Dunedin's infamous smelly corpse flower draws thousands

Fancy the smell of rotting flesh? 

Thousands of people queued at Dunedin's Botanic Garden on Sunday for the chance to sniff the city's first fully bloomed corpse flower. 

One told Newshub it was like waiting for a rock star. 

People were divided on what the famously fragrant flower smelled like, with some suggesting rotting flesh and others dirty socks. One person thought it smelled like "very good European cheese".

The plant was gifted to the garden a decade ago and this is the first time it has flowered.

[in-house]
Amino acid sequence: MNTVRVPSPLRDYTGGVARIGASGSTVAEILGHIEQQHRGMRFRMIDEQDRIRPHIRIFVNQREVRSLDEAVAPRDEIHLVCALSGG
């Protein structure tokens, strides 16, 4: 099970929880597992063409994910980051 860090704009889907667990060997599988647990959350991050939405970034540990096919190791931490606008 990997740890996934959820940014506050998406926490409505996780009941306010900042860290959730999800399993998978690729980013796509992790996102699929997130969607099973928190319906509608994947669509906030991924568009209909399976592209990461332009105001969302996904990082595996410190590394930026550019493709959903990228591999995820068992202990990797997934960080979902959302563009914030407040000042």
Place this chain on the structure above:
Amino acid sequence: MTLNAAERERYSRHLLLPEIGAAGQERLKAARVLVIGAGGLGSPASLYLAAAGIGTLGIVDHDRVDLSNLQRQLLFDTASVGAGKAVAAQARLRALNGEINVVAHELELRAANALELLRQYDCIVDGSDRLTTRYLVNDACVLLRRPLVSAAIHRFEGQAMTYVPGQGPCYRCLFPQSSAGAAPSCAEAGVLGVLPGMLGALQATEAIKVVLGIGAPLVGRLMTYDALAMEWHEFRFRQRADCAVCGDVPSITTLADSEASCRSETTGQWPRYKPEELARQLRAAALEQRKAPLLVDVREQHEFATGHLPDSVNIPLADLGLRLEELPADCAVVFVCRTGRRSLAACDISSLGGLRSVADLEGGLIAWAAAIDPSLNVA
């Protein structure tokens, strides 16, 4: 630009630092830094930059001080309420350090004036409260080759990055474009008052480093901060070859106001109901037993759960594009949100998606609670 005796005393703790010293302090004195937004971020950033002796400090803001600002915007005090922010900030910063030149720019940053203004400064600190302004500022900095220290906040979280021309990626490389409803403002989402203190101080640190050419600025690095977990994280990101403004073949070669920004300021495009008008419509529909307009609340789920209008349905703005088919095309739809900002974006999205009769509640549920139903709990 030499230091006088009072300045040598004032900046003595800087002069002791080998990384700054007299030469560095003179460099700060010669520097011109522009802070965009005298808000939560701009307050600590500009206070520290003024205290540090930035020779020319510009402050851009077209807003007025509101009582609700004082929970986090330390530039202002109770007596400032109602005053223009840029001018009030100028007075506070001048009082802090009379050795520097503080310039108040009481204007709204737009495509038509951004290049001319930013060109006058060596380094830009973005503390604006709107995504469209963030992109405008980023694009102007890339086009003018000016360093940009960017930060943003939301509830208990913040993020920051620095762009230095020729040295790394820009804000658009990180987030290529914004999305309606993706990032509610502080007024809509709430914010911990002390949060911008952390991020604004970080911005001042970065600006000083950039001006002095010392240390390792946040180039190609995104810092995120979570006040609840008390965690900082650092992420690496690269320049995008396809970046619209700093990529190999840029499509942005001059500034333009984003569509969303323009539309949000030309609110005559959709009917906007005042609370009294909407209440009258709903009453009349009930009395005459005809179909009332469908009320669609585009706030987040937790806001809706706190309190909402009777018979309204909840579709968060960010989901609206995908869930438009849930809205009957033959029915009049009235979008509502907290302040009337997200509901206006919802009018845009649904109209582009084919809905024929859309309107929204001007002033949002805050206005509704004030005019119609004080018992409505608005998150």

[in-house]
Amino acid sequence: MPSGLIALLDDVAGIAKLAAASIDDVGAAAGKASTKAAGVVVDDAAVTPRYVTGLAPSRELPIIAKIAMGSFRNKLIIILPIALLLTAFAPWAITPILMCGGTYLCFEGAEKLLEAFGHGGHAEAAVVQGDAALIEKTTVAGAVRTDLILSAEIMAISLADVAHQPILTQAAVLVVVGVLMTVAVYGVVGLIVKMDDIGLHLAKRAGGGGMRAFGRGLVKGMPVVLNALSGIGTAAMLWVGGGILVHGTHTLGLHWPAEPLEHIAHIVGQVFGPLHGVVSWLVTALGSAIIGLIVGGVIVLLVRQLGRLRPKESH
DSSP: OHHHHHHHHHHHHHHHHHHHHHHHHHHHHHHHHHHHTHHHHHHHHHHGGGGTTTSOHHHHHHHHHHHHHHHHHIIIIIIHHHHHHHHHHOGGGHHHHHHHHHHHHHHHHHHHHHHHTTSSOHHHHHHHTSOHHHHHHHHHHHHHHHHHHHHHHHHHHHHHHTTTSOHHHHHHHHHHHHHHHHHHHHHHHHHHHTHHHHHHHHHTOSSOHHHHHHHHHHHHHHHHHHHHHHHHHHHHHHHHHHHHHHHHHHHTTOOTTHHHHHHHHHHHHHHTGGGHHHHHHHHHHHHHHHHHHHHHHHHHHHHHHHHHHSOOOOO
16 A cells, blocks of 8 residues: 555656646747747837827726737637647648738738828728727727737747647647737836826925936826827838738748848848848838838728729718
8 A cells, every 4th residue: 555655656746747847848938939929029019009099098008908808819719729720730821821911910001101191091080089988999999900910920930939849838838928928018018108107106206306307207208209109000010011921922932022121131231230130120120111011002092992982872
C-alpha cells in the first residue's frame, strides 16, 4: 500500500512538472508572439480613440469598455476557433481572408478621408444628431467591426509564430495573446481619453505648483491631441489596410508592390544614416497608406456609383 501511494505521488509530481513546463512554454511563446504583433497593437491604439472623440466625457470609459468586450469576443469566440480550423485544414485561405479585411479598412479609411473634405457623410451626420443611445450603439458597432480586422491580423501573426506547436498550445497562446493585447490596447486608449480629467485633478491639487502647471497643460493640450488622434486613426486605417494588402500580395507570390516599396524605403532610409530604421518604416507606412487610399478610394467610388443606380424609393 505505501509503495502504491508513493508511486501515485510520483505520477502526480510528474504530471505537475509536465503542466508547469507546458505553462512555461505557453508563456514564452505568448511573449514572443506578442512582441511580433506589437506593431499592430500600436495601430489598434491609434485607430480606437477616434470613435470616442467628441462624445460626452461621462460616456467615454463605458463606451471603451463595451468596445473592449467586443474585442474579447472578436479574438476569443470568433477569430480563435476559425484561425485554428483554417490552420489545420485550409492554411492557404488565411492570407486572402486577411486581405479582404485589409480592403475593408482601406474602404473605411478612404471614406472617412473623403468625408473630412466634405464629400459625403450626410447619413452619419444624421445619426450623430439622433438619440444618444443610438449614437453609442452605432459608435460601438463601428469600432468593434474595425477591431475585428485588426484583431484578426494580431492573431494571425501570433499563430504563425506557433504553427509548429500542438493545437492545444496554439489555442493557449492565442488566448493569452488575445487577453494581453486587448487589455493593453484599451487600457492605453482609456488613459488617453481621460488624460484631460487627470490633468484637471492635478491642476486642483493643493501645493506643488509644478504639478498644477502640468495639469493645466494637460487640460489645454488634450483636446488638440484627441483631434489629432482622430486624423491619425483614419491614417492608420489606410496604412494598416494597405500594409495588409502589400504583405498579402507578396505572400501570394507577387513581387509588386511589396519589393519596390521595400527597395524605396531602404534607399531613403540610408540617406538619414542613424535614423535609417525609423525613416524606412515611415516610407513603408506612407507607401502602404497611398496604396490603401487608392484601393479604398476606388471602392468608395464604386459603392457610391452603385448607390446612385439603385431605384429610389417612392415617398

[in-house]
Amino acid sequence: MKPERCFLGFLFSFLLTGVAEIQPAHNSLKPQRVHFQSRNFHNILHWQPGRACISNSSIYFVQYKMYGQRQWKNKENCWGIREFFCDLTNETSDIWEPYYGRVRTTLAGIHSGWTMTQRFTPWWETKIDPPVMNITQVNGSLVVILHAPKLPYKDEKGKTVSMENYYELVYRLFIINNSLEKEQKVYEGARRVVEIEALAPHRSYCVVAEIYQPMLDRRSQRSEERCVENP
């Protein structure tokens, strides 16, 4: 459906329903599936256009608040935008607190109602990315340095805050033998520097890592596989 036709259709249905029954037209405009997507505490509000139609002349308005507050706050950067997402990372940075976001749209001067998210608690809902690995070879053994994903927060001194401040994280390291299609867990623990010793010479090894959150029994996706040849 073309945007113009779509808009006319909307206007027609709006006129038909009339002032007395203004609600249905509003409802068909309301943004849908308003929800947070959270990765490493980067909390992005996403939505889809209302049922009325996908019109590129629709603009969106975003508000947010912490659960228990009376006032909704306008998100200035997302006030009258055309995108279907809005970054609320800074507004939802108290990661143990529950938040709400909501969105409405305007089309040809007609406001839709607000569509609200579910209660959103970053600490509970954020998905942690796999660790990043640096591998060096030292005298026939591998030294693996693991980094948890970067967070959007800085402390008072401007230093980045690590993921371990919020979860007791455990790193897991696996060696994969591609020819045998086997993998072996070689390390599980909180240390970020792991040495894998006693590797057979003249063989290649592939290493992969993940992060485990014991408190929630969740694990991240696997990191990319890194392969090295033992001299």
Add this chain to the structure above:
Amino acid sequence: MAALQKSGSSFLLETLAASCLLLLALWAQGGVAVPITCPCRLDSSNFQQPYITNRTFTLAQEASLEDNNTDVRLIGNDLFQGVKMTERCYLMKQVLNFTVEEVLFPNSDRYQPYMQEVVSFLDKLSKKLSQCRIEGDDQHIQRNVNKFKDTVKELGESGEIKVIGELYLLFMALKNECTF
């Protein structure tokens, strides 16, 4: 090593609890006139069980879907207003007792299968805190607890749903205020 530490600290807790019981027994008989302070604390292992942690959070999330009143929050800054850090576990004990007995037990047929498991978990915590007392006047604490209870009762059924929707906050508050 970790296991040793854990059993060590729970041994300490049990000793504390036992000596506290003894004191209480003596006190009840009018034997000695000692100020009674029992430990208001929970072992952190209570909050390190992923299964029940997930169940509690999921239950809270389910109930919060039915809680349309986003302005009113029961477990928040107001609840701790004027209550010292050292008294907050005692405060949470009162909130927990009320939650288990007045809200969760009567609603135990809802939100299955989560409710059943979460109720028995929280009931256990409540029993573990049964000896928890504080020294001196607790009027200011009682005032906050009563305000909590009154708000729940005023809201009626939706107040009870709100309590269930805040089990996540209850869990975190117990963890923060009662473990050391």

Dunedin Botanic Garden Collection curator Stephen Bishop says the corpse flower lives up to its macabre name.

"The whole plant itself is actually trying to mimic a dead animal, so the colour of the flower, the smell."

The potent plant is the first in the South Island, and the southernmost corpse plant in the world. It's grown from the size of a golf ball - now the bulb alone weighs 32kg.

It has to be kept in a tropical climate above 20degC, but the flower doesn't bloom for long - just two to three days.

Mr Bishop says no one knows when it will open again.

"It might be next year; it could be another 10 years away."

One thing's for certain - the memory of the flower's stench will linger long after it closes.